When Ascension Press first released the Great Adventure Bible in September of 2018, I was impressed with many of its features (see my original review here). The paper quality was first-rate (truly the highest quality bible paper I’ve seen in a Catholic bible outside of premium bibles like the Schuyler RSV). The font was clear and easily readable with minimal ghosting, and the imitation leather cover was made with some of the best material I’ve seen in recent bibles. But there were two drawbacks: the binding (glued) and the price ($59.95).

The first printing of this Bible had an unmistakably glued binding. In fact, the binding was beginning to split on the original copy I purchased. Ascension gladly replaced that copy, but the replacement also had a glued binding. I documented those issues here in a brief post.

Last year, Ascension released a paperback edition of the Great Adventure Bible with a clearly sewn binding. I recently had a chance to look at one in person, and the sewn binding is easily apparent:

Paperback edition of the Great Adventure Catholic Bible with a sewn binding.

After receiving multiple reports from readers that the recent printings of the imitation leather edition are also sewn, I ordered a new copy a few weeks ago. I’m happy to report that the copy I received is unmistakably sewn:

New Imitation Leather edition of the Great Adventure Catholic Bible with a sewn binding.

This is excellent news! There was a period last year when feedback from recent purchasers was conflicting. Some readers reported a glued binding, and others reported it was sewn. I received photos from multiple readers (thank you!), but I couldn’t find clear evidence of sewn signatures. A couple of weeks ago, I ran across an edition that looked similar in a Christian bookstore. It was very difficult to tell whether the binding was sewn or simply glued, but after looking very closely and checking multiple areas for signs of stitching or sewn signatures, I came to the conclusion it was also sewn. Here’s a picture of that bible for reference:

Another edition of the Great Adventure Bible (probably from an older printing). The sewn signatures are difficult to distinguish, but this appears to be a sewn binding.

In light of this, I can confidently say that recent printings of both the paperback and imitation leather editions feature a sewn binding. When I reviewed the first edition in 2018, the binding was the only physical weakness in a bible that used high-quality materials in every other respect. It was a glaring weakness, though, because glued bindings traditionally do not hold up to long-term use as well as sewn bindings. There were Catholic bibles on the market for nearly half the price of the Great Adventure Bible that still featured a sewn binding. In light of that, I found it difficult to recommend the Great Adventure Bible to a general audience.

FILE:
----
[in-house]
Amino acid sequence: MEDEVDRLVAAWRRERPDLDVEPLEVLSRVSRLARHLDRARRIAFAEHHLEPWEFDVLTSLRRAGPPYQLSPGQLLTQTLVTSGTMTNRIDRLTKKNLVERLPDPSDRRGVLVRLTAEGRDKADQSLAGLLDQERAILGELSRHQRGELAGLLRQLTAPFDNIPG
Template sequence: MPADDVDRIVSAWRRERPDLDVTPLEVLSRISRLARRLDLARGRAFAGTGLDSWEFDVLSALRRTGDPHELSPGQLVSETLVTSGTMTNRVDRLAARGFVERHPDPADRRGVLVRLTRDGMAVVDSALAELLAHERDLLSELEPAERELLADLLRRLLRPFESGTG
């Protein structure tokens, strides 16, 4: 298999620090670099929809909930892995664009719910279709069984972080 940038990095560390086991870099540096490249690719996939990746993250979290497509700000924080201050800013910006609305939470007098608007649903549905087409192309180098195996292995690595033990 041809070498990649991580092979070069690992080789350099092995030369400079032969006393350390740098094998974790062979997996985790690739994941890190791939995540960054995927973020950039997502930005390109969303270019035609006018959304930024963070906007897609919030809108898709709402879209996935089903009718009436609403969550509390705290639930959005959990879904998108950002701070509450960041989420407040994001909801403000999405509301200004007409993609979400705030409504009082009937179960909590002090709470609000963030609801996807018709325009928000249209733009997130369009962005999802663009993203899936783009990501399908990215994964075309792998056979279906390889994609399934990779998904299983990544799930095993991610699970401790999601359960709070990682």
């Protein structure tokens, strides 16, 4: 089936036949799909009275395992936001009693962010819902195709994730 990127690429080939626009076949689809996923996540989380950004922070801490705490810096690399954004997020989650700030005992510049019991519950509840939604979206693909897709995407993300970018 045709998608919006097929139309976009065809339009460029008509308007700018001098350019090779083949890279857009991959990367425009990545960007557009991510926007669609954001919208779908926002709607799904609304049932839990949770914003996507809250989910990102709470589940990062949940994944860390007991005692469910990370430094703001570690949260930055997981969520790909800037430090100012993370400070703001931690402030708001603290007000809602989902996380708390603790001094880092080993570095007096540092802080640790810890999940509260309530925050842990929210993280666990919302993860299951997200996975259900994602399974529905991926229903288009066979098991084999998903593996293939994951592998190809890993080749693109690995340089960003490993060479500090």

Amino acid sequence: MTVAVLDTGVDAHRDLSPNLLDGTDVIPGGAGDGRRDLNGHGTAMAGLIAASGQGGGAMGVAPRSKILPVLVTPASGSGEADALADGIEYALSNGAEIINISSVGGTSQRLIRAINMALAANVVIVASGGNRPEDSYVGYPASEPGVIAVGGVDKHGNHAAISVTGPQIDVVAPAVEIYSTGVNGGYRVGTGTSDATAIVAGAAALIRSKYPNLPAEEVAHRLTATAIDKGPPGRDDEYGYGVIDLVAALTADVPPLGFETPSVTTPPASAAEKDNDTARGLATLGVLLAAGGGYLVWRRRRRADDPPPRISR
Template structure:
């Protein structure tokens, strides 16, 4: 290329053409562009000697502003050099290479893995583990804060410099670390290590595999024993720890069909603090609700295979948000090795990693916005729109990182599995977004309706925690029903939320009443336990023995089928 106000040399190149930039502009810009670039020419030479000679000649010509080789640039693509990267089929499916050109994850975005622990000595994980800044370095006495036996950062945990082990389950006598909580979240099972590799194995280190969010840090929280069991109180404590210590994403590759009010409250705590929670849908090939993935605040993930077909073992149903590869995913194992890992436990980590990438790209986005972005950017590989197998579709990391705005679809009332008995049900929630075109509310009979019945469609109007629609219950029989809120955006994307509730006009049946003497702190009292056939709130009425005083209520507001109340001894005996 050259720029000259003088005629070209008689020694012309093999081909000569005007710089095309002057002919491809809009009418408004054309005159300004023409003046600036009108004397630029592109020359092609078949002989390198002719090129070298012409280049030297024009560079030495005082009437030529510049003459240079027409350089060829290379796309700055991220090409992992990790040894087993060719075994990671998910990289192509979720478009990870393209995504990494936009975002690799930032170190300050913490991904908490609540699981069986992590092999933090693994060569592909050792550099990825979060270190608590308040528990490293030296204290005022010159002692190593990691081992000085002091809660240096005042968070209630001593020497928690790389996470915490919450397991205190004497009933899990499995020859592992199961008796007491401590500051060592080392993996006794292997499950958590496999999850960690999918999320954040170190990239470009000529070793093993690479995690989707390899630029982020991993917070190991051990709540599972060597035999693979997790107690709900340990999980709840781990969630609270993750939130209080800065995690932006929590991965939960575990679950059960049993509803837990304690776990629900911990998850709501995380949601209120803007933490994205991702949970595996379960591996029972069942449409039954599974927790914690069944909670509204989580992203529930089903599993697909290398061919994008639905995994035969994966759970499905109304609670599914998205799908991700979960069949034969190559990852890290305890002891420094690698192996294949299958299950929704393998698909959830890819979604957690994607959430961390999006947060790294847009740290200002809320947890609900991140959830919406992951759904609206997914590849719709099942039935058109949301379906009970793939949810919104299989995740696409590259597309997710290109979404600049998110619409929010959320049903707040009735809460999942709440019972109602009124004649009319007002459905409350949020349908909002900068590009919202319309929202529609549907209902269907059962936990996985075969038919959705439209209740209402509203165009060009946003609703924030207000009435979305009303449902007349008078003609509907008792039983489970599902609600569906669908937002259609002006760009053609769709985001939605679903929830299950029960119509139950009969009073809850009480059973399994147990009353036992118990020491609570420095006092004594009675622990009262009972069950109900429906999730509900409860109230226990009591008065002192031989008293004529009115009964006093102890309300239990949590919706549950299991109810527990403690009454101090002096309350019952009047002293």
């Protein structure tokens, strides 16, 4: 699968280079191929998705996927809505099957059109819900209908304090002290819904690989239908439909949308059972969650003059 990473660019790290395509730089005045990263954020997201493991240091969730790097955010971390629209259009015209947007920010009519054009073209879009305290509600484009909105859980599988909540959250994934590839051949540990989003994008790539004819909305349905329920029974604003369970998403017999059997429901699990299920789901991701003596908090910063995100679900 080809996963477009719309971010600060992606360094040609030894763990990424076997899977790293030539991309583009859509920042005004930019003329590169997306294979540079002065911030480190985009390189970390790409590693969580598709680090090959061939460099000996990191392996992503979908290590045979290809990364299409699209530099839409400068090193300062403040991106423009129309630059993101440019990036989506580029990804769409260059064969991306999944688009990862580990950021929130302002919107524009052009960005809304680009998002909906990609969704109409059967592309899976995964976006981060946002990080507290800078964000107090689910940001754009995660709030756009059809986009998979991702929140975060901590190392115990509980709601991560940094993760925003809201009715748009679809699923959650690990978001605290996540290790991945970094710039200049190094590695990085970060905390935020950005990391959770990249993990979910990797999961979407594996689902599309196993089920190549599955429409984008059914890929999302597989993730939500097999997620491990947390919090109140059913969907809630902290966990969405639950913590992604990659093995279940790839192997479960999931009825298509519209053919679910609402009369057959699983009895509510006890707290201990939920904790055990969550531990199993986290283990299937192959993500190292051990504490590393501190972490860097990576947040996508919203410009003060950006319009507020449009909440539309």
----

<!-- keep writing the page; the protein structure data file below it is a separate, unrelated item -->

Now that the binding lives up to good quality standards, I can much more easily recommend the Great Adventure Bible. It’s worth emphasizing that the other physical features of this bible are truly top-notch. It’s difficult to find a non-premium Catholic bible with paper quality and readability anywhere close to this edition. If you’re looking for a high-quality reader’s bible with relatively few notes and distracting sidebars, but enough extra material to help with understanding the broad arc of salvation history, this is an easy choice.

My only reservation is the price. The imitation leather edition still sells for $59.95, and the paperback edition is $39.95. These are higher than average prices for similar binding styles from other publishers. Is the excellent paper and printing quality worth the extra price?

As a point of comparison, consider the RSV-2CE edition of the Didache Bible from Midwest Theological Forum. The hardcover edition is listed at $39.99, and it contains far more extensive notes keyed to the Catechism of the Catholic Church. For a person who wants to delve deeply into scripture and learn about how the Church interprets the Bible, the Didache Bible is probably a better choice than the Great Adventure Bible.

But for someone who is new to the Bible and wants to “get the lay of the land”—someone who doesn’t want to lug around a heavy study bible with voluminous notes or who finds extensive notes distracting or annoying—someone who has never read the Bible before and wants to learn more about it—the Great Adventure Bible is an excellent choice.

2 thoughts on “Second Look: Great Adventure Catholic Bible (RSV-2CE) from Ascension Press”

  1. You can also look up the timeline chart online, and use anything helpful you find there to annotate a cheaper Bible 😀

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